Black PACs: Greeks Take Action
Two new political action committees say it's time for our electoral participation to evolve.
(The Root) -- The terms "PAC," short for "political action committee," and "super PAC," a reference to its mightier cousin, often conjure unsettling images of a pay-to-play electoral system: pharmaceutical-industry-backed groups that contribute thousands of dollars to members of Congress to sway legislation in their corporate interests, for example, or a staggering $10 million campaign donation from just one person. But a new set of PACs, fueled by the collective membership power of historically black fraternities and sororities, argue that they're cut from a different cloth.
Generally, PACs serve the purpose of raising and spending money to elect and defeat political candidates, ballot initiatives or legislation. Most are "connected PACs" established by business, labor unions and trade groups, but they're limited in how much they can receive (up to $5,000 from individuals) and give (up to $5,000 to a candidate or candidate committee per election, and up to $15,000 to a political party per year). PACs are also prohibited from accepting money from corporations and labor unions.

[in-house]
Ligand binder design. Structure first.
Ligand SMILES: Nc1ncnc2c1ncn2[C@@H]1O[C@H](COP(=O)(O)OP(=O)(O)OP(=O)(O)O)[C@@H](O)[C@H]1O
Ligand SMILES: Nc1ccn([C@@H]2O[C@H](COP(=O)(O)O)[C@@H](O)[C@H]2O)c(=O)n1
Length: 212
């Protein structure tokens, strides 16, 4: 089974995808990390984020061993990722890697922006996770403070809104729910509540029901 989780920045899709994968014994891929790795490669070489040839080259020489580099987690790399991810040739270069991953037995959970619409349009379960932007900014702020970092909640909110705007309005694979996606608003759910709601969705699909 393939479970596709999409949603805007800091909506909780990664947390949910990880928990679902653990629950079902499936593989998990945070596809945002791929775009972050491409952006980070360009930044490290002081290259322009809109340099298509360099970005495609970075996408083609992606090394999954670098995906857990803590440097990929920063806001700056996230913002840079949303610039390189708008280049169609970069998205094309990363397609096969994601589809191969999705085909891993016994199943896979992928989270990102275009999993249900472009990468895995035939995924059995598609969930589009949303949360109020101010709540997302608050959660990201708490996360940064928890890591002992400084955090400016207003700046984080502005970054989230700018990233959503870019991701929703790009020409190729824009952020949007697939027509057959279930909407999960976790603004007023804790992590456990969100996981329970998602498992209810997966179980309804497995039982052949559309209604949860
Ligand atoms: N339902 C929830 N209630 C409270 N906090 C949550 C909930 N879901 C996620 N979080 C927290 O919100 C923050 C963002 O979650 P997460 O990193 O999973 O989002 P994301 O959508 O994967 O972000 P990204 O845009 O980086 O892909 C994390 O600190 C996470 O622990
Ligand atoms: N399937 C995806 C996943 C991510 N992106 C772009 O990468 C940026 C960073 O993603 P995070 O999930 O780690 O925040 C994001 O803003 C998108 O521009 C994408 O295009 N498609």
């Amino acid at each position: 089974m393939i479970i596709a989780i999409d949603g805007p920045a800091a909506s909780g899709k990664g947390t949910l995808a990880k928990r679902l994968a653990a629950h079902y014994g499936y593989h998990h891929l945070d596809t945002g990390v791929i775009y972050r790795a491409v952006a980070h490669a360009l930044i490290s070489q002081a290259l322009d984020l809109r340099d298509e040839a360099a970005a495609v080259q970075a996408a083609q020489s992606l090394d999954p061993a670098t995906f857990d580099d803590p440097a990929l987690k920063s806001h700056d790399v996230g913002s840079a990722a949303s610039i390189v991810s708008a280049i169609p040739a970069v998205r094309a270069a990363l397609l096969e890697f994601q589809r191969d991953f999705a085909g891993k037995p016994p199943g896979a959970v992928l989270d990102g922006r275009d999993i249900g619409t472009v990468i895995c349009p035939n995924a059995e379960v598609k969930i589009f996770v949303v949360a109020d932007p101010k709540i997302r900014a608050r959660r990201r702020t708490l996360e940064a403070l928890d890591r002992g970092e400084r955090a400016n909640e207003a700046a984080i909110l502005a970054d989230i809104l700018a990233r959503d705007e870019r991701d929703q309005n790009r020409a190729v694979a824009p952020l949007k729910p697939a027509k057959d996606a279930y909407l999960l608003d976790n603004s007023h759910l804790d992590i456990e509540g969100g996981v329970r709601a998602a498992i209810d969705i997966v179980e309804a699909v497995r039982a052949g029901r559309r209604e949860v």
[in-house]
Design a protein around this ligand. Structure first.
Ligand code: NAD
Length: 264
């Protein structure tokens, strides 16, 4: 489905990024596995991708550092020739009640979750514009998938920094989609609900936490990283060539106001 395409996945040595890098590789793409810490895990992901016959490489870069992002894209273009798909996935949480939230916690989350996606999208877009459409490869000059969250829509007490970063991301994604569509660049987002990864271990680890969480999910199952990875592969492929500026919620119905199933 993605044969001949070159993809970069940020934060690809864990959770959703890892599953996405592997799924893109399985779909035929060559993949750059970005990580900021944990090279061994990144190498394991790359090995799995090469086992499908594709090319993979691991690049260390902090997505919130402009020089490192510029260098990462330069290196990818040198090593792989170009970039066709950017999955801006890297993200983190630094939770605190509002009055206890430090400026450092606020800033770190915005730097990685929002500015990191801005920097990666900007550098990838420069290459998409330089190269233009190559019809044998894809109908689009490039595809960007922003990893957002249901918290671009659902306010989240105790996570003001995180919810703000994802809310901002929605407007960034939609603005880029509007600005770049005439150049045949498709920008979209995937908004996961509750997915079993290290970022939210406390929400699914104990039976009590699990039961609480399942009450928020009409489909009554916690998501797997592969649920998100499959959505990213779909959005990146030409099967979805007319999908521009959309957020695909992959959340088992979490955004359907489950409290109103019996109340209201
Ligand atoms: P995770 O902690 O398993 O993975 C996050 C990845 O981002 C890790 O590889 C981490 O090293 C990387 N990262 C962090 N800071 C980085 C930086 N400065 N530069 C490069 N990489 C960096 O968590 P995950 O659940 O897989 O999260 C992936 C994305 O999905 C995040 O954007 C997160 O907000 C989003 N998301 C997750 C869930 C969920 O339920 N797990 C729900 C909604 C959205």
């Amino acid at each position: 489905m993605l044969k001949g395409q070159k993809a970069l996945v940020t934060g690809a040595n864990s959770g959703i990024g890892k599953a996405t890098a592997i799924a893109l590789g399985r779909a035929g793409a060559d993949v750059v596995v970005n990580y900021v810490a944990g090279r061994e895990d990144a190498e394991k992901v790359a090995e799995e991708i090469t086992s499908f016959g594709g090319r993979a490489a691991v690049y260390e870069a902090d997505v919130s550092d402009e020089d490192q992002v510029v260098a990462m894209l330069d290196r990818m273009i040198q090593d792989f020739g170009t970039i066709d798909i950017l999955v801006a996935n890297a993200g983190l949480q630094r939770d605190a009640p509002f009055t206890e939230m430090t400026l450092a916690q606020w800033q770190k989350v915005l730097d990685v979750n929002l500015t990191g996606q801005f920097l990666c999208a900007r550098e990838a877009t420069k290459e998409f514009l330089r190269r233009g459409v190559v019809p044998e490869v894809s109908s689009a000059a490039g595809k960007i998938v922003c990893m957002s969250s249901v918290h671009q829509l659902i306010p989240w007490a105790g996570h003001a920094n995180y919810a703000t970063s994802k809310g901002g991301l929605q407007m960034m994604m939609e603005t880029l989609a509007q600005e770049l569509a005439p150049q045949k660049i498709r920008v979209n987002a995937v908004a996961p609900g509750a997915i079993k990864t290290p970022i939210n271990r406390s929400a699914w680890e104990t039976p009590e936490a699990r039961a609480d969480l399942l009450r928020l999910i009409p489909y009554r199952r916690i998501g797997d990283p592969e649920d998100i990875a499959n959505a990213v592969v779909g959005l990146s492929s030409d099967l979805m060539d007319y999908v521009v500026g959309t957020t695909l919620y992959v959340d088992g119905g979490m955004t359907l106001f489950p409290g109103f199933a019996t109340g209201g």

Super PACs, meanwhile, have no restrictions on who contributes to them or how much they give. Allowed free rein by the Supreme Court's Citizens United v. Federal Election Commission ruling in 2010, super PACs may accept limitless funds directly from the bank accounts of corporations, unions and wealthy individual donors.
As The Root reported in January, a pro-Obama super PAC founded by members of Kappa Alpha Psi and Omega Psi Phi, 1911 United, is raising funds toward organizing 10,000 volunteers for President Obama's re-election. In April, Unity9 PAC -- a political action committee represented by members of the oldest African-American fraternities and sororities, unofficially known as the "Divine Nine" -- launched with the mission to financially assist congressional candidates and elected officials with legislative priorities of concern to the black community.
"Other super PACs looked at the Citizens United decision and thought about how they can now use enormous amounts of money to make corporate media conglomerates richer. They've spent incredible amounts of money on negative ad campaigns," Sinclair Skinner, treasurer of 1911 United, told The Root. "We're mobilizing people using fewer funds and getting a better return. We're not using fire to fight fire. We're using water to fight fire."
Where the (Political) Action Is
Unity9 PAC and 1911 United were both hatched from the same idea: expanding their footprint in the political process.
As tax-exempt foundations with 501(c)(3) status, historically black fraternities and sororities have limited election activities. For instance, Greek-letter organizations are prohibited from endorsing or opposing a candidate or contributing to political campaigns. Their political involvement has thusly concerned voter registration, education and get-out-the-vote activities.